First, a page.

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Prime Minister Jacinda Ardern expects King Charles to remain politically neutral

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Leaders both in New Zealand and across the world are paying tribute to Queen Elizabeth II. Video / NZ Herald / AP

Prime Minister Jacinda Ardern expects King Charles III will stay politically neutral, despite making his opinions known on several issues in the past.

Speaking to Newstalk ZB’s Heather du Plessis-Allan this evening, Ardern also said a time for an official moment of silence to commemorate the death of Queen Elizabeth II would be organised and released within the next two days.

She said it would be at a time when “New Zealanders will have the opportunity to really pause and join in nationally”.

Ardern said she intended to go to the Queen’s funeral and was waiting for the following days’ official events in the UK to be organised.

Logistics would need to be worked out, Ardern said, as it would clash with her trip to the United Nations General Assembly.

Ardern spoke of the Queen’s interest in New Zealand’s current affairs and said King Charles had a similar interest.

“Over the years, [Charles’ involvement in politics] has always been at the level of where you would expect a future king to be interested,” Ardern told du Plessis-Allan.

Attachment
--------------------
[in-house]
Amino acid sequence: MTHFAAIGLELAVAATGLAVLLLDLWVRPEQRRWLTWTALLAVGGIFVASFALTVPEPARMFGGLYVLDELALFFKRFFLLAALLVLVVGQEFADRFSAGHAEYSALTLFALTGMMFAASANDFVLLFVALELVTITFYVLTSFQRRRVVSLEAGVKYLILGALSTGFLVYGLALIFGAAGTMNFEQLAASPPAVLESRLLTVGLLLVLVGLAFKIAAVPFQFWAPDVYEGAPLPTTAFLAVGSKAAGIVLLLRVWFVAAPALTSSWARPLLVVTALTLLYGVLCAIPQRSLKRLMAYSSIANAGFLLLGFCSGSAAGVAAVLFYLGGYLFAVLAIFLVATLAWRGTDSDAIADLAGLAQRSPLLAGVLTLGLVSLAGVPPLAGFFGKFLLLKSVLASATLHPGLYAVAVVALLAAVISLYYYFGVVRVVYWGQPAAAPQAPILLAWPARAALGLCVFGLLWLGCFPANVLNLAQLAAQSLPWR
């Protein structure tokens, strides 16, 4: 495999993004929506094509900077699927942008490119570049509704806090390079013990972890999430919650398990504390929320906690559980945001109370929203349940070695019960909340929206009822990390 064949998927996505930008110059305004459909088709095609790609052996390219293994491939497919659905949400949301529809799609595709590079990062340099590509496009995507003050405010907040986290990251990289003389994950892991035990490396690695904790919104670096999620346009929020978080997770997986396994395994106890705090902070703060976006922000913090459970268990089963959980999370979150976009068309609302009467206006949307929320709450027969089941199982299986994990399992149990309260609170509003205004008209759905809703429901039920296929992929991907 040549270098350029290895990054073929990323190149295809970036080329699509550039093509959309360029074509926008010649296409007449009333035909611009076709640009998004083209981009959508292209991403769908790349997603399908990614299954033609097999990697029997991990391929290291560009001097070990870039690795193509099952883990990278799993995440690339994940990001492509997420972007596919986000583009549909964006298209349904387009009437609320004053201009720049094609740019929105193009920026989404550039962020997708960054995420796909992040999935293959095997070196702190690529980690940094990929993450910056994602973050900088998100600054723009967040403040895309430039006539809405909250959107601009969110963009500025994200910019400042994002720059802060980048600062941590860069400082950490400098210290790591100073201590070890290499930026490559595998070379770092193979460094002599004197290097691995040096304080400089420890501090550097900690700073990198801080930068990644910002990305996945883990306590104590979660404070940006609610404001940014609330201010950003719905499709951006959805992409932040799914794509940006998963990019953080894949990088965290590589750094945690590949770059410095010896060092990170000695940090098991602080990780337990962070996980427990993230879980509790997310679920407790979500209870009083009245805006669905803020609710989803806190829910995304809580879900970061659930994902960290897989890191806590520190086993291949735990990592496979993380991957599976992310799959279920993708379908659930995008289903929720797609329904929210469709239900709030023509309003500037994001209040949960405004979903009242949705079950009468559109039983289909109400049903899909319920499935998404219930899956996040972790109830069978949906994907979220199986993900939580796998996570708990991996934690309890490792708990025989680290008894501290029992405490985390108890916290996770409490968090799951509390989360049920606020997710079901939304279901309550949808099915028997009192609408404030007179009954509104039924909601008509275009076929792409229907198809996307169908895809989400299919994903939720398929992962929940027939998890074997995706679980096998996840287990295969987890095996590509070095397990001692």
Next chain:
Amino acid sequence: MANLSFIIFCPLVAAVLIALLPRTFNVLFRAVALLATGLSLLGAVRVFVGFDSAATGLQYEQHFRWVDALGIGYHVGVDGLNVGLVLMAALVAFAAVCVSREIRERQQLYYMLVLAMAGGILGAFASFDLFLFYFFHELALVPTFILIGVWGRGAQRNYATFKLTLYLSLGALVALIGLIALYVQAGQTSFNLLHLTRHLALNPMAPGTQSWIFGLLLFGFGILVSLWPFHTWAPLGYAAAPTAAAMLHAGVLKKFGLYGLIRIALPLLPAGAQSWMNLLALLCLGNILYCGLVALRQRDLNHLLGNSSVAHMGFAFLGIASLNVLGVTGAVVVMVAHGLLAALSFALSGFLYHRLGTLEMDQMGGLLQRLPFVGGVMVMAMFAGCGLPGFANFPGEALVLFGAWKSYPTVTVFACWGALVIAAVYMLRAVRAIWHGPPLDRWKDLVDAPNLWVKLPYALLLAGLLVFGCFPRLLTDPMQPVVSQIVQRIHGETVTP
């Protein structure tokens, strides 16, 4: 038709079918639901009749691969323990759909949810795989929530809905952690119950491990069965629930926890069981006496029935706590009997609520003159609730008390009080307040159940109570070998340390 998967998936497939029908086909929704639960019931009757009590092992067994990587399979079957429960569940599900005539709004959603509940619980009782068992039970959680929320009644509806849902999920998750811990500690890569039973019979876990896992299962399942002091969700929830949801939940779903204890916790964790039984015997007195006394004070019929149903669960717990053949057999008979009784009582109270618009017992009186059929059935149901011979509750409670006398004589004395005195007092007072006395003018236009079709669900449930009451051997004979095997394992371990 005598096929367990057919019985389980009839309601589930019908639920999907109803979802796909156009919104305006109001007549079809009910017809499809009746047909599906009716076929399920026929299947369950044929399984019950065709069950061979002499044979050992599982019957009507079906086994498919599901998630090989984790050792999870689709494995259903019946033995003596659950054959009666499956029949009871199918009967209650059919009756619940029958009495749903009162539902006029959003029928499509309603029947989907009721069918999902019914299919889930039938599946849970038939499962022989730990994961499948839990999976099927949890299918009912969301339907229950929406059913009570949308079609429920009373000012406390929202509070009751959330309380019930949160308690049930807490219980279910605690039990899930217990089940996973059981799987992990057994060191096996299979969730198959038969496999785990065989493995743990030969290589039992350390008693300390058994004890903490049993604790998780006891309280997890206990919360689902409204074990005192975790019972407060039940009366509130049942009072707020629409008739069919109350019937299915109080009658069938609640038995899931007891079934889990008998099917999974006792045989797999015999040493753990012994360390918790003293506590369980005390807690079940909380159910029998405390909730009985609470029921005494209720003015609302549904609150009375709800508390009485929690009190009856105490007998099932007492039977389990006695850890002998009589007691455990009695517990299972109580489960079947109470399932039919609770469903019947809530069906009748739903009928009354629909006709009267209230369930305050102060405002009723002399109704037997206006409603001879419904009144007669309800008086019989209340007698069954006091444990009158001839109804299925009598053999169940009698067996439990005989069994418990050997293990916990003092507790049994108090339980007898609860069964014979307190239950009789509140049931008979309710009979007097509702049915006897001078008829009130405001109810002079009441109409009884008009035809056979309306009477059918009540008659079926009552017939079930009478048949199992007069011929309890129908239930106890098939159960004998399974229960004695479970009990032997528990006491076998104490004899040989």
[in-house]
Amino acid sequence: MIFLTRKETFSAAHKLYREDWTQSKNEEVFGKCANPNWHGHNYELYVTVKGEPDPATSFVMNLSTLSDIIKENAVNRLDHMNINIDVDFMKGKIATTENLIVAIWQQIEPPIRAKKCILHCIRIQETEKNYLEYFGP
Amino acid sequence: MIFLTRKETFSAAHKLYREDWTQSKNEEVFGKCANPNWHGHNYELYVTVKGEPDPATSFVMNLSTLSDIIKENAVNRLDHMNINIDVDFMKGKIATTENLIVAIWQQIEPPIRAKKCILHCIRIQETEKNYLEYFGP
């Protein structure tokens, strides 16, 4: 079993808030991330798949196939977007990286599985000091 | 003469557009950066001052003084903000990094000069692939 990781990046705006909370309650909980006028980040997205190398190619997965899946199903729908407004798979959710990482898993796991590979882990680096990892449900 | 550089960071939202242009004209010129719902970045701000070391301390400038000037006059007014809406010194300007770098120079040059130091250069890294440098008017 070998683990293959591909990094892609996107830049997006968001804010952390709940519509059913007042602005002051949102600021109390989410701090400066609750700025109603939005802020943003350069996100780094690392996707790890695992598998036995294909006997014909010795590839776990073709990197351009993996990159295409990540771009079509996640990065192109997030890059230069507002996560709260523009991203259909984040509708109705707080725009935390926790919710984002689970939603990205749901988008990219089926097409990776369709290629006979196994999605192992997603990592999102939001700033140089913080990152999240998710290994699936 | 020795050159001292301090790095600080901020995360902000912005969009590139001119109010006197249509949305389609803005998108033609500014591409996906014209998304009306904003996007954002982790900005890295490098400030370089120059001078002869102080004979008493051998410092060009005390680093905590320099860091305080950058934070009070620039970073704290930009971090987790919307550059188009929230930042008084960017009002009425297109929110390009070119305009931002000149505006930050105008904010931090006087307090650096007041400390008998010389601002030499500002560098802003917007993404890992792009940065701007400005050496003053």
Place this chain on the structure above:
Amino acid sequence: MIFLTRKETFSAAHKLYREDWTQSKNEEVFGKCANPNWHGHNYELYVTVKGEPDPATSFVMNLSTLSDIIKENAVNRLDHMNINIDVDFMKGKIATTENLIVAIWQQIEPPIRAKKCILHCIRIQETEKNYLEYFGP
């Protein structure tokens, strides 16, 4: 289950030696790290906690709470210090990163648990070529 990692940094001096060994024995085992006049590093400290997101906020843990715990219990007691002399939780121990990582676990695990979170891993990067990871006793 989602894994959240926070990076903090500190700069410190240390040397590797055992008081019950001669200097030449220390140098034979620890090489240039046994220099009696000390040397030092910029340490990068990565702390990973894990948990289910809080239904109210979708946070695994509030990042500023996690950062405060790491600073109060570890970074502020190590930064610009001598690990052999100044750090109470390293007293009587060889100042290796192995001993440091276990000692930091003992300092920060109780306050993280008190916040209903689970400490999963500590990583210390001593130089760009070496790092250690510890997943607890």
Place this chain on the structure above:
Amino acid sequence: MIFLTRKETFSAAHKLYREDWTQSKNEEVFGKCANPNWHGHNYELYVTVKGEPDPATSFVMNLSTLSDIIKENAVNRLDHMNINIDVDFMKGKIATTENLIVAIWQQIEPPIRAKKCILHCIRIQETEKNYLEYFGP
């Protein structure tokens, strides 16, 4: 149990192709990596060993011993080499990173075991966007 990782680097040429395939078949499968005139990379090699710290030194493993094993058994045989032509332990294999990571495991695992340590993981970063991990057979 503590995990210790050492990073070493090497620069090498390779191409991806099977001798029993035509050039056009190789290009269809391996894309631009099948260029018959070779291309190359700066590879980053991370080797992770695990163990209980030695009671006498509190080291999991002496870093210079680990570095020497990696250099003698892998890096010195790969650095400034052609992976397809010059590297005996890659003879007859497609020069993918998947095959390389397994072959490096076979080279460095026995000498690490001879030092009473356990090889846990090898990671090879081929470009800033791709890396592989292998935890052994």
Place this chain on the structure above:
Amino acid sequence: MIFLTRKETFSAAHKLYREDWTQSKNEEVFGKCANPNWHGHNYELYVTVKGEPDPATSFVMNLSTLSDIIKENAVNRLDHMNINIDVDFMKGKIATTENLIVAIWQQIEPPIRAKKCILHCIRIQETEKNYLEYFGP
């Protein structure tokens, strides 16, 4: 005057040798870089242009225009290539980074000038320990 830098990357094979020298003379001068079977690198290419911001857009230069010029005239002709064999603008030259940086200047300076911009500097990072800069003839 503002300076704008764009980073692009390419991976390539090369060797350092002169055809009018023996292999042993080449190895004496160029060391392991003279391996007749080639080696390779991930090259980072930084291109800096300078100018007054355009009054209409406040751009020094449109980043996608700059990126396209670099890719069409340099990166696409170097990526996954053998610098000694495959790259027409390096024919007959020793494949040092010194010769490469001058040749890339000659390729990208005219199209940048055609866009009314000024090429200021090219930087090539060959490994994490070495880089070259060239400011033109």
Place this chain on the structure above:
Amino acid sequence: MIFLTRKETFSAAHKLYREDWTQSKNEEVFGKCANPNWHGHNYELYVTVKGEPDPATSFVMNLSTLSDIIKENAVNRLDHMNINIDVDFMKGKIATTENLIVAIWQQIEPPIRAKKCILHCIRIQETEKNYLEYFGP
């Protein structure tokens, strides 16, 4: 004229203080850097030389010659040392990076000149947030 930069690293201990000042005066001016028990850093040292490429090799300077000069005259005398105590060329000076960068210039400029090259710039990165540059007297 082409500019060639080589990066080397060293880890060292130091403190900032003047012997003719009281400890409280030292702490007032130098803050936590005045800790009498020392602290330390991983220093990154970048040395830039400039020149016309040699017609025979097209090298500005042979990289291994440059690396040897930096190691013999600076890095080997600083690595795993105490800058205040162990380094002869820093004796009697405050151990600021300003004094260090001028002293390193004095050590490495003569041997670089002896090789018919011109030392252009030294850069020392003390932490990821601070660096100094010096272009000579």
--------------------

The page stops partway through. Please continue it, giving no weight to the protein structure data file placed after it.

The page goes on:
As a prince, King Charles expressed his opinions publicly on climate change and a number of other issues, which was at times controversial due to a precedent for royals to remain politically neutral.

“[Royals] do have an interest in what’s happening; current events and issues that are top of mind for New Zealand,” Ardern said.

She said she had met King Charles on a “number” of opportunities, as recent as this year in Europe, where he had shown a “genuine affinity” for New Zealand.

Ardern said he was particularly connected to the country through his work with The Prince’s Trust, a charity for vulnerable young people.

“I think about the times when I spoke to the Queen, it was during things like lockdown. Of course, when we’ve had members of the royal family, such as Prince William, it was in the aftermath of March 15.”

Ardern said she was unsure of when she would speak to the country’s new king, as he would be currently involved in establishing the UK’s new government.

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